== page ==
Posted on: December 21, 2020 Posted by: admin Comments: 0

Author: Pratibha Rakesh Singh, Student at MNLU, Aurangabad.


In India Specific Performance is given as a relief against the defendant. The remedy of Specific Performance is same as that of the remedy of the breach of contract which gives compensation of not completing the duty or performance. Partition which was seen as main point of the case, seen being agreed by two out of three judges. Partition allows the co-ownership among the owners of the land.

In the case give the appellant M.S. Bansal (Pvt.) Ltd files a suit for Specific performance against the defendant Bhagwan Swarup Mathur And Ors. The appellant was sent a notice by the defendant to remove all the construction work. The respondent also filed a case after 11months for the partition of land. Here, clearly seen that the judges denied the suit for Specific Performance and hence the case from the appellant was dismissed. The partition suit which was filed by the respondent who was the eldest brother Bhagwan Swarup Mathur was found that there was a conflict among the judges regarding the matter. The later in the Trival Court had a majority stating that as there was no equity in the favor of Bansals and the amount he spends on the construction and renovation was done without informing the respondents and hence it was mere an oral agreement of the selling of the shares. It then later allowed the respondents who were the appellants in this case to have partition of the land. The later was appealed to HC whereas the appeal was dismissed from the side of appellants and the court asked partition of the land.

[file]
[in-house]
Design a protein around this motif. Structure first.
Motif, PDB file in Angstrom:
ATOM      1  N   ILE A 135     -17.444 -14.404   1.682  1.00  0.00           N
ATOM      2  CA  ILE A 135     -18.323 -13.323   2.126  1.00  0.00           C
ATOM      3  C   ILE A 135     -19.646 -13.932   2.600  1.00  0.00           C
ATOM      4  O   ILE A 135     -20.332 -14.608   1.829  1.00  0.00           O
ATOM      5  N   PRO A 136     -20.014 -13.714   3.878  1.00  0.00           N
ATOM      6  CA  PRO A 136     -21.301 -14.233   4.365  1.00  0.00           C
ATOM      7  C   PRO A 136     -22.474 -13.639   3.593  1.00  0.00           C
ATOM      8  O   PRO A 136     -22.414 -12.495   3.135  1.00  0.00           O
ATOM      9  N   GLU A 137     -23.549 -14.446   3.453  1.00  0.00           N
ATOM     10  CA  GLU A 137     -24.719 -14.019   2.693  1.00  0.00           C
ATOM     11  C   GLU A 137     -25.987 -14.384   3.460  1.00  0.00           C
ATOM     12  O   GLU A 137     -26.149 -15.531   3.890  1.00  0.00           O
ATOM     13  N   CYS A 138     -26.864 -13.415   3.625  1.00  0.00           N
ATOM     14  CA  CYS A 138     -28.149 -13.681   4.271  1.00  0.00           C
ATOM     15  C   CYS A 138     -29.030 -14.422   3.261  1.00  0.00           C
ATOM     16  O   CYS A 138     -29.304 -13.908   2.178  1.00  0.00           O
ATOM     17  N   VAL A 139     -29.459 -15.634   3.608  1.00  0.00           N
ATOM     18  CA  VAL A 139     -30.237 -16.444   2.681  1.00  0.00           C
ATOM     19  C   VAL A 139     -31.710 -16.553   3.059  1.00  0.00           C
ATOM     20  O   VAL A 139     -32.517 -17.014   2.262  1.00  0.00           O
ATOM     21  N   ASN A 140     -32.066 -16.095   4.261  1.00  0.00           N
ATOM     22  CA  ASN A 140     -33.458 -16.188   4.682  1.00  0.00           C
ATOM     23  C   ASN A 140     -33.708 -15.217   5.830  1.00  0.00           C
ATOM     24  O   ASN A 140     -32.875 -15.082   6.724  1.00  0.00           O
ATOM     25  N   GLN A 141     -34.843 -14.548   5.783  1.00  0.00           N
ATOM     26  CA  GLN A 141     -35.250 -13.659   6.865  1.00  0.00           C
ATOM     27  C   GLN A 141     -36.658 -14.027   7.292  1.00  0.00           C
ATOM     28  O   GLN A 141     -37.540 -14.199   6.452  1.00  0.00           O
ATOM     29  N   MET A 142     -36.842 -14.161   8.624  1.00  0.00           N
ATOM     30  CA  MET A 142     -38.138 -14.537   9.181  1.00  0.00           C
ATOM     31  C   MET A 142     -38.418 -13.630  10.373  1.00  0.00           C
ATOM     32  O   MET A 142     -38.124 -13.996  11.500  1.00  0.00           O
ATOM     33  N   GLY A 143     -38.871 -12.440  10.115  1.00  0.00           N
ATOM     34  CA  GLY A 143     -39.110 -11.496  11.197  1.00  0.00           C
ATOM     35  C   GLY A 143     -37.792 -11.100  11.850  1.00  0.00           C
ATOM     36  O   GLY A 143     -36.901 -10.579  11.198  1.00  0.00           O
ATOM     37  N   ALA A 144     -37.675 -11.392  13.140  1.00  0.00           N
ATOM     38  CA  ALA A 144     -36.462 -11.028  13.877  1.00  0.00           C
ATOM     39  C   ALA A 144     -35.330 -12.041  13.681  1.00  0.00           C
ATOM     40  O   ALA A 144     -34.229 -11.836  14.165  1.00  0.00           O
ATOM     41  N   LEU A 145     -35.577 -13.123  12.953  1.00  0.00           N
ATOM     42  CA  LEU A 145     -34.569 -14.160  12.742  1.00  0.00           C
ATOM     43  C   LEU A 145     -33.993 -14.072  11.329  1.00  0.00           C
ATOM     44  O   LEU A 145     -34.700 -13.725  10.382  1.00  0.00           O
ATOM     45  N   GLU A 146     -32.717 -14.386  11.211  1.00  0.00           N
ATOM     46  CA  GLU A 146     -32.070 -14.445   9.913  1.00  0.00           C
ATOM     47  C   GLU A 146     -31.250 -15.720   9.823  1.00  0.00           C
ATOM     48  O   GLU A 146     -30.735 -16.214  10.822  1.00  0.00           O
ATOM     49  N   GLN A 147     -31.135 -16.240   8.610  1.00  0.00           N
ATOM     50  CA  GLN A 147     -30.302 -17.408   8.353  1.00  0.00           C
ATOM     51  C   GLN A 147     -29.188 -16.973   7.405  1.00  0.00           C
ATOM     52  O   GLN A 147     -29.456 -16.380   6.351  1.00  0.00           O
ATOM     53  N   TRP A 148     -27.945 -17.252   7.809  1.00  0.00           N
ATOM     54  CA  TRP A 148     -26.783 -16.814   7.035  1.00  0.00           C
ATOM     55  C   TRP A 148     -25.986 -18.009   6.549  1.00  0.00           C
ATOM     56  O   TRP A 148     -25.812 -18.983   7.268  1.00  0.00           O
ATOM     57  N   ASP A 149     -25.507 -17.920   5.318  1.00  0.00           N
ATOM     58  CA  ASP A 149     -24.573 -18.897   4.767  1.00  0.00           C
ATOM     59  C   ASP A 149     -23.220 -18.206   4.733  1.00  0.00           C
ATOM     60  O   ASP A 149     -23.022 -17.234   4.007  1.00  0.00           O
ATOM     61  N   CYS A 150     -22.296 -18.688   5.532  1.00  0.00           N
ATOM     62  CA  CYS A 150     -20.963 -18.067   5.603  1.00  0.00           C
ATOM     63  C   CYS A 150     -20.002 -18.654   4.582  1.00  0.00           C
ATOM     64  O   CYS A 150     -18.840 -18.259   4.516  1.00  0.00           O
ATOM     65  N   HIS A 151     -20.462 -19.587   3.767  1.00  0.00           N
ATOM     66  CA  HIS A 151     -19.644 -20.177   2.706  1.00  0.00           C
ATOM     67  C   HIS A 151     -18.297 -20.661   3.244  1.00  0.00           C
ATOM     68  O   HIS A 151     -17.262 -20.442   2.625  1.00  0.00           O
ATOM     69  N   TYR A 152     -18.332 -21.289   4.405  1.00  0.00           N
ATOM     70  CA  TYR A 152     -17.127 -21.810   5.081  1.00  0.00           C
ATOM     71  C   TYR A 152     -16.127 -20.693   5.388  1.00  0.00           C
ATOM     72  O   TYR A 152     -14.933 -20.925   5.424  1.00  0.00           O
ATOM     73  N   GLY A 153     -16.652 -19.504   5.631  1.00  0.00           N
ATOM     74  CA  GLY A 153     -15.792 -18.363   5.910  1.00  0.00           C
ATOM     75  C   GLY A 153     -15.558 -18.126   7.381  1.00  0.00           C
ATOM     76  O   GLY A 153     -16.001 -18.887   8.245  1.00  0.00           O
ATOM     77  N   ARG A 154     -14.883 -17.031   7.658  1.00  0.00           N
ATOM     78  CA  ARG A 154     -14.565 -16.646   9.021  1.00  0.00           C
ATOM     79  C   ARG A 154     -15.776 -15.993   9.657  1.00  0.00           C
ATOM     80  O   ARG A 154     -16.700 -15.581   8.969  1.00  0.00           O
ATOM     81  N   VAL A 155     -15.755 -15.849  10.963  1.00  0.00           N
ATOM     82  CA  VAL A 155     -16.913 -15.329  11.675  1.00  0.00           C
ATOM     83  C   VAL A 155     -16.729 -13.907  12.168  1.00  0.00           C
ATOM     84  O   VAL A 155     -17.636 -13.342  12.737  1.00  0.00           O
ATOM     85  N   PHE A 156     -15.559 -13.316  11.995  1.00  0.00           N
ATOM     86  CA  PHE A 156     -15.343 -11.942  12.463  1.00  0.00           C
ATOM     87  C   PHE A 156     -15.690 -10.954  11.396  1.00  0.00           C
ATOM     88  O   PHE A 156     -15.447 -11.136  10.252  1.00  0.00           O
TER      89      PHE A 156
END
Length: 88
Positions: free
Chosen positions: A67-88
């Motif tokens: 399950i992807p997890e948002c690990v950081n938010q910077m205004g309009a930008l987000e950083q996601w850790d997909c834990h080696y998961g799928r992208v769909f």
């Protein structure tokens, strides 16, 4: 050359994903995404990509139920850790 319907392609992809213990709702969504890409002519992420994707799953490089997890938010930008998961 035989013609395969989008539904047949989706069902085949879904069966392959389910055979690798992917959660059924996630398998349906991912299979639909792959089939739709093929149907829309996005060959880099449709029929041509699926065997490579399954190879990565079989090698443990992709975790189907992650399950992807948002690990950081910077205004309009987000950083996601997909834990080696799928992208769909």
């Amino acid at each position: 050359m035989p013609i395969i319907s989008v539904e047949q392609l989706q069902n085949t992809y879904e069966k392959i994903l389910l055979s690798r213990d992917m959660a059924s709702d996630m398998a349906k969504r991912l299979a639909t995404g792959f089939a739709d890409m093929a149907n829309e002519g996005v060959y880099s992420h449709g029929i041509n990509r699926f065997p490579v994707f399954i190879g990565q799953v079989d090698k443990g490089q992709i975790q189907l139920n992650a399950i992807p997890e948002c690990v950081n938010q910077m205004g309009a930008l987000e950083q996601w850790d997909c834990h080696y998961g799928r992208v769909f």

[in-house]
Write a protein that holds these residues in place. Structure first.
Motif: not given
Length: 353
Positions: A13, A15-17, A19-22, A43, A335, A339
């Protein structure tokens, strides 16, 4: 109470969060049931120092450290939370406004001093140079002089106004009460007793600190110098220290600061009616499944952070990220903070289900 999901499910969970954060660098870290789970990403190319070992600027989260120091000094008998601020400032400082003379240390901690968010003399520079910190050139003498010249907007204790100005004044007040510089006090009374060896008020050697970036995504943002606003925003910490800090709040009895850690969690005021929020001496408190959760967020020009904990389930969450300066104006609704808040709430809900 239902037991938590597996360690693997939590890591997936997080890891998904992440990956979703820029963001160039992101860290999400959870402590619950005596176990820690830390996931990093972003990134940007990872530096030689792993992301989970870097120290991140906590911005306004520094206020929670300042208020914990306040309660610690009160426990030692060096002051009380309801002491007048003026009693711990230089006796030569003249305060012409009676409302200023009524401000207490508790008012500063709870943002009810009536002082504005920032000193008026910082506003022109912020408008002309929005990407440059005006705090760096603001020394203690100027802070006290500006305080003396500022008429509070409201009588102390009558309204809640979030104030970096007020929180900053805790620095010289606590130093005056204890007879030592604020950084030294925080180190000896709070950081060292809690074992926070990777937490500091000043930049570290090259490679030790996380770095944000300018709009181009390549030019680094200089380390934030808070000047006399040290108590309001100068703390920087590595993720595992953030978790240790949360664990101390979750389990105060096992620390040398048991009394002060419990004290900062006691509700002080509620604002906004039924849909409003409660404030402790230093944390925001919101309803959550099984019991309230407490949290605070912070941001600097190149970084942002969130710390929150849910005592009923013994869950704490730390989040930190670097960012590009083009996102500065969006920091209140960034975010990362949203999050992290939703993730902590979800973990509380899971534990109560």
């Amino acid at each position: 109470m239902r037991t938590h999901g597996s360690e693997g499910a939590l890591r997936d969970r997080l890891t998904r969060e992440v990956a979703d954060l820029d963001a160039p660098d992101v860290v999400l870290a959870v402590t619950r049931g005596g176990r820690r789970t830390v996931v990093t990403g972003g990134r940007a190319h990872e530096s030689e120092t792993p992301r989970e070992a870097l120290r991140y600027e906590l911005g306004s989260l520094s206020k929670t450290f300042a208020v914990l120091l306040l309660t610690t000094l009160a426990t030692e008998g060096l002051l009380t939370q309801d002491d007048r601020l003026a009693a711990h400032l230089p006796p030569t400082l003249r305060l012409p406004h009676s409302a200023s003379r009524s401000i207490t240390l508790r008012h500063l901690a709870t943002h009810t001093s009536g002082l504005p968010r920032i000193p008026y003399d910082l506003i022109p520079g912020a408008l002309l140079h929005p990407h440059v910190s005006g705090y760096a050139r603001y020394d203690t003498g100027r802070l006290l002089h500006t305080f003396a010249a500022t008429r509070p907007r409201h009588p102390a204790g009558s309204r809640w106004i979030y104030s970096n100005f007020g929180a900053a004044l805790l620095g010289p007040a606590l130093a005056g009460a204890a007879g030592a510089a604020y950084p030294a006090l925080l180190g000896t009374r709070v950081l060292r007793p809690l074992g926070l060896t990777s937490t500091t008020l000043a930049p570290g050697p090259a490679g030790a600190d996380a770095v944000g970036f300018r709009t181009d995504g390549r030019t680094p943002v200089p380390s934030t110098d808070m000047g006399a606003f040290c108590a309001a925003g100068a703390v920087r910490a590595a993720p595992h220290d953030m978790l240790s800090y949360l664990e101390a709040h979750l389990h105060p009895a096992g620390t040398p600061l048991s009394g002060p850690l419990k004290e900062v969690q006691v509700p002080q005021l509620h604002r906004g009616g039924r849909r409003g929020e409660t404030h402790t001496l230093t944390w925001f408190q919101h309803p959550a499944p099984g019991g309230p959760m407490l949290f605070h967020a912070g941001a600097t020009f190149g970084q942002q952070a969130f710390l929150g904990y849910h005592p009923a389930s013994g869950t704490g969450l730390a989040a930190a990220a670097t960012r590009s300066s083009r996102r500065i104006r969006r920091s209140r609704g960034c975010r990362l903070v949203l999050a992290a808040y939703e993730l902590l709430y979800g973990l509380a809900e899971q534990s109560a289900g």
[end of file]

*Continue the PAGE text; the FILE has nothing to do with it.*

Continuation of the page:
The latter case was appealed in the HC wherein the appellant tried to show the equity in their own favor by purchasing ½ share of one of the brothers among three with an oral agreement and part payment. Stating that the amount of money spent on the construction and renovation if removed will result in great loss for the appellant as in the lease was mentioned that after the expiry of the lease it will give the land as it is removing all the construction work. As long as the lease exists the appellant is allowed to any sort of construction work required there. The equity which was earlier proved to be in the favor of the respondent, here is been to be in the favor of the respondent. HC went on further stating that the partition as said by the respondent should take place without any construction work done on the land which is in dispute. HC dismissed the appeal made by the appellant.


There was a land in dispute which was situated at Aligarh, Grand Trunk Road and was of 1731 1/9 sq. yds. The collector conceded a lease of land to M.S Bansal for 10 years at the lease of Rs.15 per month for the development of cinema hall house ashore. Before the expiry of the initial lease another lease for 30years was given by the authority to M.S Bansal at a lease of Rs. 19 every month. Throughout the means of these leases, Roop Narain, the grandparent of the respondents turned into the proprietor of this land. He executed a will regarding which one half offer in the aforementioned plot was granted to the respondents and the excess half offer to Rajendra Narain. After the demise of Roop Narain, the half share in the plot of question was sold by Rajendra Narain for Rs.8,000/- to Bansals.

A condition was given that after the expiry of the leases it should be restored to it’s original condition and construction has to be removed from the ground. In 1961, there was an oral agreement of selling the half portion of Mathur Brothers who were the respondents for which an amount of Rs.2,500 was paid as the consideration of Rs.20,000. The appealing party denied and recorded a suit for specific performance of sale agreement. The respondent filed a suit for partition. Remedy here in this case given by the judge was compensation. This was filed by the appellant. The respondent filed for a partition which stated of the estate of the co-owners to be divided.


Oral Agreement which was highlighted, there was no written agreement on the selling of the share to the Bansal Brothers. The Bansals were sent a notice to remove all the construction and renovation work before the expiry, as they did not have the equity to do so. Respondents filed for partition and the Appellant filed a suit for specific performance.

  1. In a suit for partition between co-proprietors one of whom has built on the structures at considerable cost, Should the remedy be the partition of land or financial pay as per the Market Value?